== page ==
Selected in 2007, the Allium shown below has
been dubbed 'Full Orbit'. It stood out among many
hundreds of open-pollinated seedlings by virtue of the spherical heads of
bloom crammed with intense
rose florets, on short 12" stems above wavy gray foliage. The florets
are triangular in frontal profile, the
three inner tepals arranged to suggest an inner circle, whereas the three
outer tepals maintain the
triangular shape, making the florets appear double. Yellow anthers
add nicely to the effect. This
selection may grow taller next year as the plant matures, but even so, it
is a standout selection.
Flowering occurs in August, with some good color left even after the first
week of September.
growing many seedlings from selected superior forms of the
alliance, lots of
great looking seedlings ensue, although it certainly isn't practical, nor advisable,
to name all of them. In the
following three images below, we see some handsome anonymous hybrid
seedling plants. When I find
such desirable offspring, I generally dig them up and move then to beds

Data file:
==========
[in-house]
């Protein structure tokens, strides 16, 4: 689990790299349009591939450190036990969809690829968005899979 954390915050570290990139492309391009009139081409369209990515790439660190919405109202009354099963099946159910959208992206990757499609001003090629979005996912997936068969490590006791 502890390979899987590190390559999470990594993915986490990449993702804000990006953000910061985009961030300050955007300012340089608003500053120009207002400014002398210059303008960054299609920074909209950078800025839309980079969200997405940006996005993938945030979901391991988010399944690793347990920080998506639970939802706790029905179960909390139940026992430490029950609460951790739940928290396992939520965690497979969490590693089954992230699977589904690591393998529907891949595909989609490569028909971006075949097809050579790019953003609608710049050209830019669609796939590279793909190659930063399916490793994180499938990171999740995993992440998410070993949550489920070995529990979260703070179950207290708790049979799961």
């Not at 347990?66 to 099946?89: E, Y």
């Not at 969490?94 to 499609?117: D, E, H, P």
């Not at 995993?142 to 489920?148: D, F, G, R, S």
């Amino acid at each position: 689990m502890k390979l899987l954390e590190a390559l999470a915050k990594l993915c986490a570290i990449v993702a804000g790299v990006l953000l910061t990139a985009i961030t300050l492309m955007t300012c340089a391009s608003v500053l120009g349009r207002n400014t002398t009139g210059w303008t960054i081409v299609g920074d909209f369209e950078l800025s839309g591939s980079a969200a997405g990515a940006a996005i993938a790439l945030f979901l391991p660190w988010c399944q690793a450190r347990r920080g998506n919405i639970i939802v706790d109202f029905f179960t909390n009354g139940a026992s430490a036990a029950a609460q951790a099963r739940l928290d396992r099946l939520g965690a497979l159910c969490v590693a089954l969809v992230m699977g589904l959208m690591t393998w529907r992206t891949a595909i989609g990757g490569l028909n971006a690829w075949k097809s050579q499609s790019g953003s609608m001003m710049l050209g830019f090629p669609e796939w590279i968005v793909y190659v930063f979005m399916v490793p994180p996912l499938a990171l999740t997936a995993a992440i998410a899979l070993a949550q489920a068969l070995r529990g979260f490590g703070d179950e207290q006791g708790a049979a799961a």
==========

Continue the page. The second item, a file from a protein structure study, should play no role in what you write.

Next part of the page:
containing just the best selections,
act as bee fodder in the open-pollination scheme of encouraging worthwhile
In the first image below, I like the near true pink color of the florets,
and the light yellow anthers,
adding a nice touch to the ample flower heads.
the selection below, one gets a good idea just how important subtle
differences in floral detail can be,
effecting the overall impression of the flower. In this case, the
anthers are a dark purple color instead of
yellow, nicely peppering the bloom heads with contrasting color. The
flower heads are also well formed.
last, we see a hybrid that exemplifies several "lines" or traits
among the nutans-senescens
hybrid progeny. The flowers are most appealing in bud, their intense
color lasting for many weeks, the
anticipation often more rewarding than the reality of fully opened
blooms. Often the buds are triangular in
outline, more strongly pronounced in some specimens than in others.
And in this particular plant, it
has a tendency to produce little proliferations of florets, visible in the
upper left portion of the flower
where a pedicel sprouts a whole new flower cluster instead of a single
floret. This trait is
is often passed along in subsequent generations of seedlings.